The growing cannabis market in the USA

After decades of suppression at the federal and state levels in the United States, cannabis has blossomed into a major industry. Entrepreneurs and major corporations are taking advantage of this growth, and the market continues to witness active capital transactions, including acquisitions, capital raises and initial public offerings (IPOs).

Worldwide legal cannabis spending hit $14.9 billion in 2019, an increase of 45.7% from 2018. The global cannabis market forecast is set to hit $42.7 billion by 2024 (source: Arcview Group, BDS Analytics).

There has been a significant growth in this sector in the US since cannabis was legalized in some form, primarily led by adult-use markets in Canada, California and Massachusetts. In 1996, California became the first state to legalize medical marijuana. The market really started to take off in 2012 when Colorado and Washington both legalized recreational marijuana. 33 US states now have broad legislation in place that allows the use of marijuana, with as many as 11 additional states expected to join that number in 2020.

Each state sets its own regulations, so the US market is a patchwork of different rules and regulations. And despite the legalization at the state level, marijuana remains a Schedule 1 narcotic at the federal level, though federal agencies do not pursue companies and individuals operating according to state regulations. Consequently, cannabis companies operating legally at the state level continue to face challenges with regard to banking, insurance and access to institutional capital.

The US cannabis market size was valued at USD $11.3 billion in 2018 and is expected to grow at a CAGR of 14.5% by 2025.  Despite its quasi-legal status this sector has seen exponential growth, with companies striving to keep up with its growing demand in both ancillary services and of course cultivation, dispensaries and distributors.  The cannabis market is expected to generate more new jobs than manufacturing in 2020.   

The cannabis industry can largely be segmented into two major spheres, Plant-touching and Ancillary.  Plant-touching businesses handle the cannabis plant itself, either cultivating, distributing, processing or selling it. Ancillary business support the growth and sale of cannabis, but do not “touch” the plant. Examples include manufacturers and distributors of cultivation equipment and supplies, smoking accessories, testing laboratories, financial services, logistics and transportation, security, cash management, data platforms and tech companies.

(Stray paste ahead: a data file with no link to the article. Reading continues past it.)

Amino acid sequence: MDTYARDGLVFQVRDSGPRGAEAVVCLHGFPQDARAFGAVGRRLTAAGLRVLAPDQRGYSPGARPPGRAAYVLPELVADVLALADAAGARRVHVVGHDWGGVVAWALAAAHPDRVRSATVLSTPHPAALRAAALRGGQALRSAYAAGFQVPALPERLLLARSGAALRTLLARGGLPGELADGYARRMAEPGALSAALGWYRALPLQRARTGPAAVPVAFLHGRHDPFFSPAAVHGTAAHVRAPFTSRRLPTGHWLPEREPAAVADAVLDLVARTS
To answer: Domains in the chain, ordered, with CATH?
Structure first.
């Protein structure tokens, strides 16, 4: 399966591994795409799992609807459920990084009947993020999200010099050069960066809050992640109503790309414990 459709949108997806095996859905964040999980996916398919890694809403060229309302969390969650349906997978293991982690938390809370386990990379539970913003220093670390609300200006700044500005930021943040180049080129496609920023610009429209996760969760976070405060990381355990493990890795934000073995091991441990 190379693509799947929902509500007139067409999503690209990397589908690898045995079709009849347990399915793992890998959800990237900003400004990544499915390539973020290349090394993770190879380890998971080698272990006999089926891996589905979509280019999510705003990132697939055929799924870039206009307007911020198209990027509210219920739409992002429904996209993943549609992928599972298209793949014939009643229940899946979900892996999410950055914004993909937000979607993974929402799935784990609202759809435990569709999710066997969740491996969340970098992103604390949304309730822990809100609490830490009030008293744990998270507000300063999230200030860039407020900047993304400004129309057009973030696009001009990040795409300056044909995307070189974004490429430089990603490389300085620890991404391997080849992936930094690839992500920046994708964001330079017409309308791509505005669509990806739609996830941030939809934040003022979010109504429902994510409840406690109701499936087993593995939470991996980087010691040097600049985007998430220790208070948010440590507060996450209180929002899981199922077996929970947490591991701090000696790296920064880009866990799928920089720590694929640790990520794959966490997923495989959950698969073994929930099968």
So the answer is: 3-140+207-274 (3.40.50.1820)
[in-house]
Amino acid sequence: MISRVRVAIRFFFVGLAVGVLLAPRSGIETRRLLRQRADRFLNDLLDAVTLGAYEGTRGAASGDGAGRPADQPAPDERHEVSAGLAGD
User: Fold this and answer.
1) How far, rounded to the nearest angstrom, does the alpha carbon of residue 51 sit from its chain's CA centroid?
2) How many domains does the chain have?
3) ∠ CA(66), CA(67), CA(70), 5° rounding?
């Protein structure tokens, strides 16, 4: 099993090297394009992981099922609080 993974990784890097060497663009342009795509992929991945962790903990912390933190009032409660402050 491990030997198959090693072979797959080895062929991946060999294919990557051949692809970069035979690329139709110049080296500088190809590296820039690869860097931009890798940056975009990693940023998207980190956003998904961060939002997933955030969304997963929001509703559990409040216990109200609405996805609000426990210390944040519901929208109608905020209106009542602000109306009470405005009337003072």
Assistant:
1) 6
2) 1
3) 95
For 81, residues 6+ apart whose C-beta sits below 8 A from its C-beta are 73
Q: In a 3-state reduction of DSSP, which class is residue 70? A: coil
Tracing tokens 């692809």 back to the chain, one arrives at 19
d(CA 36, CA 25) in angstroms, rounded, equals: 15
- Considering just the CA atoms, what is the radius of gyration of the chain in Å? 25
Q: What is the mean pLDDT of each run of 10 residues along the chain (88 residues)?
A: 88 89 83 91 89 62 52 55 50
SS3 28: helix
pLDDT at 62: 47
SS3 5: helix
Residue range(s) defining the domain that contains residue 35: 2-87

Deloitte has estimated that the size of the ancillary cannabis industry will be over 2.5 times the size of the cultivation market.  Whilst still being subject to strict regulations, companies in the ancillary market are not subject to the most stringent rules and legislations as their cultivating counterparts are.

In addition to marijuana, which has a high concentration of tetrahydrocannabinol (THC), the psychoactive chemical in cannabis, the market has also benefitted from the legalization of hemp. Although hemp is the same plant as the one used for marijuana products, it has a low (less than 0.3%) concentration of THC. Hemp was legalized with the passage of the US Farm Bill in 2018. The two main products derived from hemp are cannabidiol (CBD) and industrial hemp, which is used for its fiber, and as a food product. 

CBD is a natural compound found in the cannabis plant which is sold in oils, sprays, creams and pills and has been linked to providing relief of depression, anxiety and even cancer. CBD products are growing in popularity and are widely available, creating many business opportunities in the medical and wellness sectors.  Unlike marijuana, which cannot be transported across state lines, hemp is federally legal so may be transported from one state to another.

ICFG member  in the USA, Westbury Group, located in Westport CT is now finding M&A business opportunities in this growing industry, in both the plant-touching space and ancillary markets.

Westbury Group is currently working with a fast-growing online retailer of cultivation equipment and supplies, serving growers in the cannabis and hemp industries.

They are also pitching for business across the full breadth of companies associated in both the plant-touching and ancillary spaces, including a leading integrated producer, an oil extractor and a financial services provider.

Westbury Group bankers recently attended the Marijuana Business Conference hosted at the Las Vegas Convention Center in December 2019, which had over 30,000 attendees. Westbury noted that the overwhelming majority of those attendees were serious business-people, not curiosity-seekers.

2020 will be a big year for cannabis conventions and trade shows, with multiple events scheduled to take place across the US over next 12 months. These range from finance-focused investor summits to compliance and agricultural symposia. Considering the explosive growth of the cannabis industry to date, these events are ideal spots for networking and attracting new clientele

Internationally, other promising markets for cannabis include Australia, Germany, Poland, Colombia, Mexico, Uruguay, and Israel. While current stringent rules and regulations in Europe governing cannabis sales and cultivation may limit the near-term growth in Europe, the recent call by the United Nations and the World Health Organization to decriminalize the possession of drugs for personal use may presage higher growth for the global market in the mid to long-term.


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